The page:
Petitioner filed a third petition for reinstatement or an RDP on May 12, 1998. A hearing was held on September 9, 1998, at which the following evidence was presented.
Petitioner testified that he drank 12 beers in six to eight hours on August 14, 1995, when he was arrested for driving under the influence. Petitioner testified that he also drank 12 beers in eight hours when he received his first DUI conviction on April 9, 1993. Petitioner said he was 20 years old at the time of his first arrest.
Petitioner said that before his first arrest, he drank two beers every two weeks and up to five beers on at least three occasions. Petitioner said he stopped drinking "for no reason" in January 1995. He did not drink again until August 14, 1995, when he drank "one beer to cool down." He was later arrested for driving under the influence. Petitioner said he had not consumed alcohol since his second arrest and conviction. Petitioner admitted feeling intoxicated before his two arrests, but he claimed that he still felt able to drive. Petitioner denied experiencing hangovers or headaches after drinking. He also denied experiencing withdrawal symptoms during his abstinence from alcohol.
Petitioner denied his alcohol tolerance was due to years of "practice drinking." Petitioner explained he inherited a high tolerance for alcohol from his paternal grandfather and uncle. He denied that problems at home or work caused him to drink. Petitioner said that his inherited tolerance explained why he could drink large amounts of alcohol and still feel he was able to drive. But petitioner admitted he would feel lightheaded after drinking five beers.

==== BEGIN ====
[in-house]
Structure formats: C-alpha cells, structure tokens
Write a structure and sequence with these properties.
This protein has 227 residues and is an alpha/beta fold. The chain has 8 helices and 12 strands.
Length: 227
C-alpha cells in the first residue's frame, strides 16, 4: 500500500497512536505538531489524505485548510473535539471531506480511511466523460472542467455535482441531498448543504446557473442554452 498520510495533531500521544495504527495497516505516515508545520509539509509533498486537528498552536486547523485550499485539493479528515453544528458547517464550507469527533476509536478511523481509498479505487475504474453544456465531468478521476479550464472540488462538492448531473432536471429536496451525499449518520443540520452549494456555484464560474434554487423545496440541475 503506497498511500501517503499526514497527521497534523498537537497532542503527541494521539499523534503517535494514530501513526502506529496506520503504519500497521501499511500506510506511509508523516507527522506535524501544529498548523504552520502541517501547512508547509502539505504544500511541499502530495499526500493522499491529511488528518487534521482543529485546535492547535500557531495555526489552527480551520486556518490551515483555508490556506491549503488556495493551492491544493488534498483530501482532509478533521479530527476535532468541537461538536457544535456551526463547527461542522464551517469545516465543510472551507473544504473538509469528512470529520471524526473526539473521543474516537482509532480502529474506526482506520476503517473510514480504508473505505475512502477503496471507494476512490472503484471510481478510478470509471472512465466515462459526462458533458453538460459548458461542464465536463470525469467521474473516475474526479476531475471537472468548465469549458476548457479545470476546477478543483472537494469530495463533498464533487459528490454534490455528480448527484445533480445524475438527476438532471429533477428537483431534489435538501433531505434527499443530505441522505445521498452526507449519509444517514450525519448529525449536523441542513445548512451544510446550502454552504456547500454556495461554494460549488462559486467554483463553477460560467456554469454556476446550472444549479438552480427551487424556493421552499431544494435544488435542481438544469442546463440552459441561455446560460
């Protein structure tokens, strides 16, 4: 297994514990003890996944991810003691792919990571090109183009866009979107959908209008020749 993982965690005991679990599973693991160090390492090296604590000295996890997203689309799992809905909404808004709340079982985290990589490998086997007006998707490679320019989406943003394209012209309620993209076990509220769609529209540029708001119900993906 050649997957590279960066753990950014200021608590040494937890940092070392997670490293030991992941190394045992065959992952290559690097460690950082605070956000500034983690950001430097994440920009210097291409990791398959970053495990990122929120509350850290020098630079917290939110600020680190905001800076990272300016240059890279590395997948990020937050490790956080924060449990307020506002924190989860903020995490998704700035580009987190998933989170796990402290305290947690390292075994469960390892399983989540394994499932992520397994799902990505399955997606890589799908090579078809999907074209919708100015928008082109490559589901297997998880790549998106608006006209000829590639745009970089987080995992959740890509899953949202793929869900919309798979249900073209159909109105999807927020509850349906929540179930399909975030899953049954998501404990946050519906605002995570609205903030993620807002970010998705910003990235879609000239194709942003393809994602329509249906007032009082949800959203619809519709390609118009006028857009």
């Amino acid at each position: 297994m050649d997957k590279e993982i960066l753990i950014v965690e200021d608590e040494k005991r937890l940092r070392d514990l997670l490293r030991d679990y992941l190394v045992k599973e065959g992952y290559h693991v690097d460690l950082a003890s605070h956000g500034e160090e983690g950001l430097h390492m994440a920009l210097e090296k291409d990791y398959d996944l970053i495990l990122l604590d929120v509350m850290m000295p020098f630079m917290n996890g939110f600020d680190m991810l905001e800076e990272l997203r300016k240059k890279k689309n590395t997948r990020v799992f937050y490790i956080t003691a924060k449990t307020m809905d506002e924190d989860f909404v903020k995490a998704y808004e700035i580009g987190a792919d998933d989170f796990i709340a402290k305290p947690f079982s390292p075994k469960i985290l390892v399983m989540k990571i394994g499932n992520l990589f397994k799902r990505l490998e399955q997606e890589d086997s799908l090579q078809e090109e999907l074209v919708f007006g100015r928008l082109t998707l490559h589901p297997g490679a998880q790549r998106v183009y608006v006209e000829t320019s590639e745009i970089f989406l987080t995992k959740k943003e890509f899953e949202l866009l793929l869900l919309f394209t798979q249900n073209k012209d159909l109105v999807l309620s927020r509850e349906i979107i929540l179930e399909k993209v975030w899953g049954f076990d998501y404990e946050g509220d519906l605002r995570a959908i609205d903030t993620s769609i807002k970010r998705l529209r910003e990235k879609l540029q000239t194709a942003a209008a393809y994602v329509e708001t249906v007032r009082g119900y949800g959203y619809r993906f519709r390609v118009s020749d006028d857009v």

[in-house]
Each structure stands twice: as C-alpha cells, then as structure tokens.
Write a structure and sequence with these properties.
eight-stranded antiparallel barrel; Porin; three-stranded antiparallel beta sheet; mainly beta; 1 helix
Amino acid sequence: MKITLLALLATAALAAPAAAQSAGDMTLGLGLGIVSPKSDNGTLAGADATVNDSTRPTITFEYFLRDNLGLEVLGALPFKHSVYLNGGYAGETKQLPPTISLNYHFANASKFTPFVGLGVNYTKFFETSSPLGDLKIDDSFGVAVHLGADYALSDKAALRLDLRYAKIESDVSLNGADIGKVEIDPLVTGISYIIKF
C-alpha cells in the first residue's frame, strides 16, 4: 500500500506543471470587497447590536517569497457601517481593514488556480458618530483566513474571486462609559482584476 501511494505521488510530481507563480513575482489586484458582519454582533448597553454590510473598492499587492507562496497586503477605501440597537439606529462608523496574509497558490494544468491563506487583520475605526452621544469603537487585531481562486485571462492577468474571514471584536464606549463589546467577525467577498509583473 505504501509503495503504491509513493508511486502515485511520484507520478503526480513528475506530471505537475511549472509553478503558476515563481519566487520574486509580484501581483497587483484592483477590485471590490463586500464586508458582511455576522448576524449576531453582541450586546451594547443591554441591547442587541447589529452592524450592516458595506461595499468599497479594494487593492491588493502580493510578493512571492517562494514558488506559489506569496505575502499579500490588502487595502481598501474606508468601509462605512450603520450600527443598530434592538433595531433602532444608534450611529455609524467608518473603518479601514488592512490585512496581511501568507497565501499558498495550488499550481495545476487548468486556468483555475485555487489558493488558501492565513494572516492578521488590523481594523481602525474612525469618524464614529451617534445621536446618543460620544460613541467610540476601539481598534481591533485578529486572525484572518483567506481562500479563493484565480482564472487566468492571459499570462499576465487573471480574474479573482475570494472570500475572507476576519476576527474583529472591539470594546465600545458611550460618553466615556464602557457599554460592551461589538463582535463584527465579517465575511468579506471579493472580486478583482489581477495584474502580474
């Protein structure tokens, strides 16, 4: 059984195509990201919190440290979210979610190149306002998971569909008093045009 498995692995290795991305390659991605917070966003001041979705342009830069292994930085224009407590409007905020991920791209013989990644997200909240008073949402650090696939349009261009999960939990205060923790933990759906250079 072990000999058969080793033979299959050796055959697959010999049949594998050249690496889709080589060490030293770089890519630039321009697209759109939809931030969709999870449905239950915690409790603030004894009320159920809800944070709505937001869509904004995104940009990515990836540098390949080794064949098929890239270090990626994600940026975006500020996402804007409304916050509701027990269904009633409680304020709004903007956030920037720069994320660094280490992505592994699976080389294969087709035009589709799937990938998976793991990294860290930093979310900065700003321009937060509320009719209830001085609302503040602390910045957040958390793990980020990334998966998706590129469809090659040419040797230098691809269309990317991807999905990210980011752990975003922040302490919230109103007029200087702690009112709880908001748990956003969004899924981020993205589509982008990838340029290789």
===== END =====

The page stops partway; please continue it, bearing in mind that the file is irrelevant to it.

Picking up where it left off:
Alan R. Gill testified that he counseled petitioner for about 40 hours. Gill is a state-licensed provider of DUI assessment and treatment services. He is also a state-licensed clinical social worker. Gill admitted a discrepancy between petitioner's claimed use of alcohol and the BACs from his two DUI arrests. Gill explained that this could be from genetic predisposition or from years of "practice drinking." Gill dismissed "practice drinking" because petitioner did not suffer hangovers and he believed petitioner's claim of only moderate drinking. He concluded that petitioner's family history (a paternal grandfather and uncle) suggested that petitioner was genetically disposed to have a higher tolerance for alcohol. Gill then referred to a series of articles that discussed genetic disposition to tolerance. These materials were submitted as exhibits and made part of the record. Gill's discharge summary indicated that petitioner was straightforward and cooperative during treatment and admitted abusing alcohol to "cope with life stressors."